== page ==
20. You’ve clearly advanced the public’s understanding of aerodynamics; especially related to wheels. Congratulations and thank you for that!

    My thoughts are that entirely too much time, money and effort has been wasted on this subject and it’s related wind tunnel testing.

    First is the fact that wheel drag isn’t the biggest component of overall drag, nor is it the easiest to address. Its a great way to buy something showy and spendy, but if you want to go faster, just train and watch your diet (oh, and pick your parents well).

    Second is the issue of testing versus validated design theory. I would suggest that there doesn’t really exist a body of validated design theory for bicycle wheels. Further that most of the variations in performance, as measured, are just down to dumb luck of the various design teams.

    I say this, in part, because airflow around small objects (including airfoils) at low speeds, behaves differently from large objects at higher speeds. The RC modelers who build sailplanes (where lift to drag and drag to speed are very important), know better than to use scale airfoils until their models get quite large (say 1:4 or 1:3 scale). A bicycle tire/rim is a small low-speed object, but I’ve yet to hear anyone take this into account regarding aero wheel design.

    Note also that the “airfoil” of a bicycle wheel spins through 360 degrees for each wheel rotation. Like an American football kicked for a field goal, when viewed from the side. That deep-V sometimes presents itself as a leading edge, sometimes as a trailing edge, and much of it’s time its somewhere in between. Therefore the common diagrams of airflow around a tire/rim (which ignore these different angles of presentation, not to mention the yaw effects noted in the article above) are meaningless. Bicycle designers don’t seem to consider this topic – but the presentation angle assuredly impacts separation of airflow. I there seems to be little mention of parabolic versus straight lines or constant curves ( which is to say round).

    Regarding spokes, I suspect that flattened spokes offer no aero benefits, and may induce extra drag, even under optimal conditions. Moreover, what standards or measures exist for the alignment of flattened spokes to point them into wind? How can a cyclist ensure that their spokes haven’t twisted out of alignment? Maybe we should all buy spoke alignment gauges? 😊. If I’m correct, having a round spoke profile near the rim is no worse than having a flattened profile and the round outer profile may even be better. Which is not to say a shorter spoke isn’t better aerodynamically.

    But before suggesting that shorter spokes are better, what offers the most benefit, fewer spokes or shorter spokes? How does one establish the trade offs of these alternatives and weight and wheel comfort? How do these spoke choices affect control of airflow and avoid separation across the myriad of presentation angles of the tire/rim?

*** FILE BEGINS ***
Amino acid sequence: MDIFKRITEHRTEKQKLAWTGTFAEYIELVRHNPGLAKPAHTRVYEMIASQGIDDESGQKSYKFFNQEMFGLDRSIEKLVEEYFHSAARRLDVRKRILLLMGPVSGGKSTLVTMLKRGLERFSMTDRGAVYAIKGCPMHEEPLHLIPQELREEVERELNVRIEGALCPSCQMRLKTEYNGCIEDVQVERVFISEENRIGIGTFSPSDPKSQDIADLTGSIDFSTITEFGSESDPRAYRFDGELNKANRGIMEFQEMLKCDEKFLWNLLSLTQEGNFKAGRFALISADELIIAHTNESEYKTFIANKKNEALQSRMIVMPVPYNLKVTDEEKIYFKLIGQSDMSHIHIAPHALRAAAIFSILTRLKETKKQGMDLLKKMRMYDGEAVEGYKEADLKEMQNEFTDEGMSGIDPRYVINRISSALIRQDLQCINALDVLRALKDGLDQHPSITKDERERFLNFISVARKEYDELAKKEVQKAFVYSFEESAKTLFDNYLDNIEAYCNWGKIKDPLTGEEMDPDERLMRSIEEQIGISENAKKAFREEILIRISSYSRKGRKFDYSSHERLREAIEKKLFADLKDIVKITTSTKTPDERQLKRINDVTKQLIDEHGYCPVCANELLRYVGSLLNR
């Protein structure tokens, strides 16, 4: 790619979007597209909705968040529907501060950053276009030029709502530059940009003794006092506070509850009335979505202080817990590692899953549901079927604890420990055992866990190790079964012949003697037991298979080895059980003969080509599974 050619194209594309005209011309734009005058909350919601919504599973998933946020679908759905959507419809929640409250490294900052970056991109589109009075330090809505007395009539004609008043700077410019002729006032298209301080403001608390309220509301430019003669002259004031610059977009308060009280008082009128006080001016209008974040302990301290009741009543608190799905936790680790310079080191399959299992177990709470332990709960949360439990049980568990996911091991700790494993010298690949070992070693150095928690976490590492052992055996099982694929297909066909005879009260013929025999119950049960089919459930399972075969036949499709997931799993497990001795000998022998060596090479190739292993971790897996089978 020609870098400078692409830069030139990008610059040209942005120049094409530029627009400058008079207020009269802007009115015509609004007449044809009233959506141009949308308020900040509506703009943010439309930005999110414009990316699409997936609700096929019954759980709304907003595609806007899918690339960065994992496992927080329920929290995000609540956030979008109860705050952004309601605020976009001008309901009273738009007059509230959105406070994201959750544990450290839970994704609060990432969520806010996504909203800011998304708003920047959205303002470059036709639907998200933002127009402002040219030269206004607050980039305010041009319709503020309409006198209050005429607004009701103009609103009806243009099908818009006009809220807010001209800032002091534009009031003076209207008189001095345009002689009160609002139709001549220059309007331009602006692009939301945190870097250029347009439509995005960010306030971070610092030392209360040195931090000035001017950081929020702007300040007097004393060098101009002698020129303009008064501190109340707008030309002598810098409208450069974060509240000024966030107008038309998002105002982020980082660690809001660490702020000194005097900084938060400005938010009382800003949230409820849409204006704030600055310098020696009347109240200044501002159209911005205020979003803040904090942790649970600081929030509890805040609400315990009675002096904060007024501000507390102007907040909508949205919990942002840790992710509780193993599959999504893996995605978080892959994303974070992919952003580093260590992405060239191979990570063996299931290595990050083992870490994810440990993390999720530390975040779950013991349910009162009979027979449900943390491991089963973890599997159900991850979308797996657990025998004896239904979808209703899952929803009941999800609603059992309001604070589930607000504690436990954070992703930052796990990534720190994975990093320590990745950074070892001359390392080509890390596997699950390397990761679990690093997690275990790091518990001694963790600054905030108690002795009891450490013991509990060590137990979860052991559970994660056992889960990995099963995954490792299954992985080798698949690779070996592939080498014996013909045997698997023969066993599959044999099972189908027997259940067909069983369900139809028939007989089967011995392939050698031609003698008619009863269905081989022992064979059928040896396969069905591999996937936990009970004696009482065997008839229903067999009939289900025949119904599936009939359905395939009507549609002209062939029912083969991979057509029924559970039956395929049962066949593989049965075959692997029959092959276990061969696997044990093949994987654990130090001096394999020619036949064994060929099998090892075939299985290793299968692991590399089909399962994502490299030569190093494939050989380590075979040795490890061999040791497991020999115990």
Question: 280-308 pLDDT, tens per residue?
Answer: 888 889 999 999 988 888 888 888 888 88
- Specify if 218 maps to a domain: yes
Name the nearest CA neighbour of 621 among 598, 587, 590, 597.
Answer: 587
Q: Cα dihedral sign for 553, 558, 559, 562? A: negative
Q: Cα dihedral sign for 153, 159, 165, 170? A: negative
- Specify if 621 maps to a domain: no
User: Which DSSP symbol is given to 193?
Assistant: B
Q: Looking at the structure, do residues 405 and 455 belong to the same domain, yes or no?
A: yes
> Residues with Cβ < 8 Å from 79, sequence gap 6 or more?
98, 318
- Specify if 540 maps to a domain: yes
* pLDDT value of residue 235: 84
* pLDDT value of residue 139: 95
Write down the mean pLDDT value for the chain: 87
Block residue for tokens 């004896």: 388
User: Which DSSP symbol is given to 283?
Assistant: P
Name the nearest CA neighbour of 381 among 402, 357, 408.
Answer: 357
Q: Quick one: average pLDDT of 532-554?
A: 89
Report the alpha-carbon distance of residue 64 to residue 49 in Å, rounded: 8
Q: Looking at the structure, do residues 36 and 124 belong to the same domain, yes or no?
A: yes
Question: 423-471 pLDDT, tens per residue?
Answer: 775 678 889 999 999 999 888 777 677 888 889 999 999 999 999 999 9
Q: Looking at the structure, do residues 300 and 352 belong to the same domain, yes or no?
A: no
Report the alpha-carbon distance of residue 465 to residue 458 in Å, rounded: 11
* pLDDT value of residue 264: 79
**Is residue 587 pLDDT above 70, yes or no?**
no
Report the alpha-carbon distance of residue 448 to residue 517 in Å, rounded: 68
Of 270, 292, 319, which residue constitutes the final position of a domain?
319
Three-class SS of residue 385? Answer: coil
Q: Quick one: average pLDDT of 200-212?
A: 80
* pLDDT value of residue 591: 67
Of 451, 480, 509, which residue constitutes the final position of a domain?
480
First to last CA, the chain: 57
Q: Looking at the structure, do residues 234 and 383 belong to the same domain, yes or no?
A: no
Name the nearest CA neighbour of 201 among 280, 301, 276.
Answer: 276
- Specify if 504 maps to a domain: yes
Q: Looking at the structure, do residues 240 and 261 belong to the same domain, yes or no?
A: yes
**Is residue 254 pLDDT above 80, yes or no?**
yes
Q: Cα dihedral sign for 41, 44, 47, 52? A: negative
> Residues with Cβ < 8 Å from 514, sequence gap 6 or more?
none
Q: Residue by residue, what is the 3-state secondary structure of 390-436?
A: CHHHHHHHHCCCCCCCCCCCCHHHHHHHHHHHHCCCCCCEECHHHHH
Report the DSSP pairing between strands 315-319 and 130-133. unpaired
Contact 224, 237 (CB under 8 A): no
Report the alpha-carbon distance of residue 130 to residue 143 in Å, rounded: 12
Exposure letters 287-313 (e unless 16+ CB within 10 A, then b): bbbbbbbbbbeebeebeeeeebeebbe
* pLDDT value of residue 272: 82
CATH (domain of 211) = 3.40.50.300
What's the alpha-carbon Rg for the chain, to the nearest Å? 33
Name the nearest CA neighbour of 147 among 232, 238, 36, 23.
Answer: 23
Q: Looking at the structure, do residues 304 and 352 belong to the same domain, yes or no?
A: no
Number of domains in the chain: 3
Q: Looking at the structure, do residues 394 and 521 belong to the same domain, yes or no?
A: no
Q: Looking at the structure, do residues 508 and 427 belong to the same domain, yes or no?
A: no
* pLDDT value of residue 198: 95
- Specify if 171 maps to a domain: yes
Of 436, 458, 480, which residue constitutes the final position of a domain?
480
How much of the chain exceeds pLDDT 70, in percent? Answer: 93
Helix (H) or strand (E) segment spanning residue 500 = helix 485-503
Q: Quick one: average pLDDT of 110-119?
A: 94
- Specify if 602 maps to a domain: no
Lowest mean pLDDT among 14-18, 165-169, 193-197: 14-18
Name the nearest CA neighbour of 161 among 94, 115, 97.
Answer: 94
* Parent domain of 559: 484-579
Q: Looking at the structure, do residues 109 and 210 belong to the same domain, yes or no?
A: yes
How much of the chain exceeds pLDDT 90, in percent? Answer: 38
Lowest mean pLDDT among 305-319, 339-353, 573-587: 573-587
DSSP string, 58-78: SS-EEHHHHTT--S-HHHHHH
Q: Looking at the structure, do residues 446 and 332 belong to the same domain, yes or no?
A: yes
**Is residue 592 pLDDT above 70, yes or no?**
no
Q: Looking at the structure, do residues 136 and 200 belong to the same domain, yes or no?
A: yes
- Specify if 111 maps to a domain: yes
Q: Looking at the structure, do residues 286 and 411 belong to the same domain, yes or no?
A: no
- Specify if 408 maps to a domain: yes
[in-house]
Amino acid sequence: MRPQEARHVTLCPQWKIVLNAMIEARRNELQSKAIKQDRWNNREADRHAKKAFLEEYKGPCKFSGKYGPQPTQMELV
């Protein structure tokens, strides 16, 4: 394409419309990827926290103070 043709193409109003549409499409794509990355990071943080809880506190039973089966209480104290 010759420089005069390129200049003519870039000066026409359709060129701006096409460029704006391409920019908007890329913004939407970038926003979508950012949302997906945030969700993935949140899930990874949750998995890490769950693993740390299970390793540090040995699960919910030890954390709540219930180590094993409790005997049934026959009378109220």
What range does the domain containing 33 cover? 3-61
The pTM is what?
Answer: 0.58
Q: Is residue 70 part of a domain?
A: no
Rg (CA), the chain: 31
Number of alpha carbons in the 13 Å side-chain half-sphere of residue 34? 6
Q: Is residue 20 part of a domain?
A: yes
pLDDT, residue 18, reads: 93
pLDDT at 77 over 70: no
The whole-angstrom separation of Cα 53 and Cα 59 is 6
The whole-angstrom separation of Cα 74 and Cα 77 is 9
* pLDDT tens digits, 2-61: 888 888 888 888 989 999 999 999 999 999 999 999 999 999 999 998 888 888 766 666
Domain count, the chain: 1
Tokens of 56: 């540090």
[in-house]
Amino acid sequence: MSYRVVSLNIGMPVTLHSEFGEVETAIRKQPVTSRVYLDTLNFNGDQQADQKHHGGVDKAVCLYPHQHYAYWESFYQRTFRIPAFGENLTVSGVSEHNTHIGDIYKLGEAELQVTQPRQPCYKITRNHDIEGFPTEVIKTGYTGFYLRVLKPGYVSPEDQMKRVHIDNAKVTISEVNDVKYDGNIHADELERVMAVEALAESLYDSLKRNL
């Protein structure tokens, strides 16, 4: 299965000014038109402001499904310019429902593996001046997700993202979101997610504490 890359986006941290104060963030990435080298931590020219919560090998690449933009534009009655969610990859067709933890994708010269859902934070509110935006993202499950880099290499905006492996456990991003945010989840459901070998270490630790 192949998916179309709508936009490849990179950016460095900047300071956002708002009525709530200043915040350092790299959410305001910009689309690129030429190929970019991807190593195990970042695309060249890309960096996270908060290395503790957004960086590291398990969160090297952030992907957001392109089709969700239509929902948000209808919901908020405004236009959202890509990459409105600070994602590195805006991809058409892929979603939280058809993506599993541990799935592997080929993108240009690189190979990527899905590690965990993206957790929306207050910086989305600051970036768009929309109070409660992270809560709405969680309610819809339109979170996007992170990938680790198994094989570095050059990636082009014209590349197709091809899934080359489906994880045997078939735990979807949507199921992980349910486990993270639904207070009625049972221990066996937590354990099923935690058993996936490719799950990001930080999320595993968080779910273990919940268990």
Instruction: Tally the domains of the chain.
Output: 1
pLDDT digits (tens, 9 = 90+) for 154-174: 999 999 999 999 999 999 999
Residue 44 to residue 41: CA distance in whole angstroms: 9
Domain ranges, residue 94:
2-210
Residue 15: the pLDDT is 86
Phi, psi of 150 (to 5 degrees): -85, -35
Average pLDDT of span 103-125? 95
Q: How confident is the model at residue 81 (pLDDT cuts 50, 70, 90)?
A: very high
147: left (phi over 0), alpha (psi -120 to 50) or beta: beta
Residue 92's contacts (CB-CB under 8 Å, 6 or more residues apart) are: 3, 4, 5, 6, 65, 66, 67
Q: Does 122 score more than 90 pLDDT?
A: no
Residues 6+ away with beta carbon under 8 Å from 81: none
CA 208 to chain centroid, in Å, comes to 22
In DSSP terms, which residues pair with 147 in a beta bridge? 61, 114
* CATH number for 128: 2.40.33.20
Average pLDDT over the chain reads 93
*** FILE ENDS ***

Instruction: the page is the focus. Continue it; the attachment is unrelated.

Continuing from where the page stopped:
These problems are complex. With enough research we can probably surmount them. But is that a cost-effective use of resources? Clearly, even accidental aero design is a moneymaker – marketeers love it. Any doubt of this can be erased by considering the retail costs of aero-wheels. Even honest testing doesn’t slow down the marketing-juggernaut, nor does it provide consumers with any thing beyond the illusion of smart shopping.

    One other point of interest, I think that the modern interest in wider lower pressure tires began about 10-12 years ago sparked by research conducted by Jahn Heine of Bicycle Quarterly. As his research was conducted on a real bike in the great out of doors, using a constant (gravity) for acceleration, he eliminated much of abstraction of air tunnel testing. Frankly, I’d regather ride a good supple tire that was wider than its rim, than a skinny rock on the very best aero rims, and I’m confident that at the end of the ride I’ll post a better time.

    Consumers don’t understand that aerodynamics is not a visually intuitive subject. Many factors go into the test differences that you noted. Until research can determine which factors determined how much to each wheels results, it’s too soon to prescribe rules of thumb.

    Ok, this is a long post, but it’s the 2-cents of insight from my five-year old self.

  21. I noted the top 3 combos used a disc rear wheel, but only the Yoeleo 88mm was also tested with a front/rear combination. The absorbed power is 558W and 590W for the Yoeleo, a delta of 32W. Interpolation like this is probably not accurate, but applying the same delta to the AliExpress 3 spoke (Hed3 semi-copy) would put that at around a 583W front/rear combo. That would make the AliExpress 3 spoke front/rear combo one of the top wheelsets in the chart. Any opinion on the validity of this ballpark estimate?

    Along the same lines, do you have any plans to test other tri/quad/penta spoke wheels? The Shimano Pro 3 spoke wheel is highly used in the ProTour, but there’s limited testing of it versus other wheels. My timetrial front wheel of choice is still my old Hed3 with Continental Supersonic 20mm, both are now out of production. I’d love to see either of those wheels make an appearance in your charts!

    FWIW – your Flo results mirror my “Chung” field testing. Within the wide margin of error on field testing, my Flo60 and Flo90 front wheels tested considerably worse than the Hed3, Spinergy Stealth 50mm, and FFWD F6R using the same tire and tube. I sold both Flo wheels at a loss.

    1. It’s *probably* okay to interpolate given that you clearly understand the error margins involved at those speeds. The error on the rear is much less than the front though as the air has been disturbed by the point it gets there. Hence the benefit of a tri spoke on the rear is somewhat diminished and the general consensus would be to go for a disc wheel. I think your interpolation would work and would get you somewhere near but it does have significant scope for error.

      With regards the flo wheels, that does not surprise me.

  22. Hambini,

    Can I ask your opinion of these?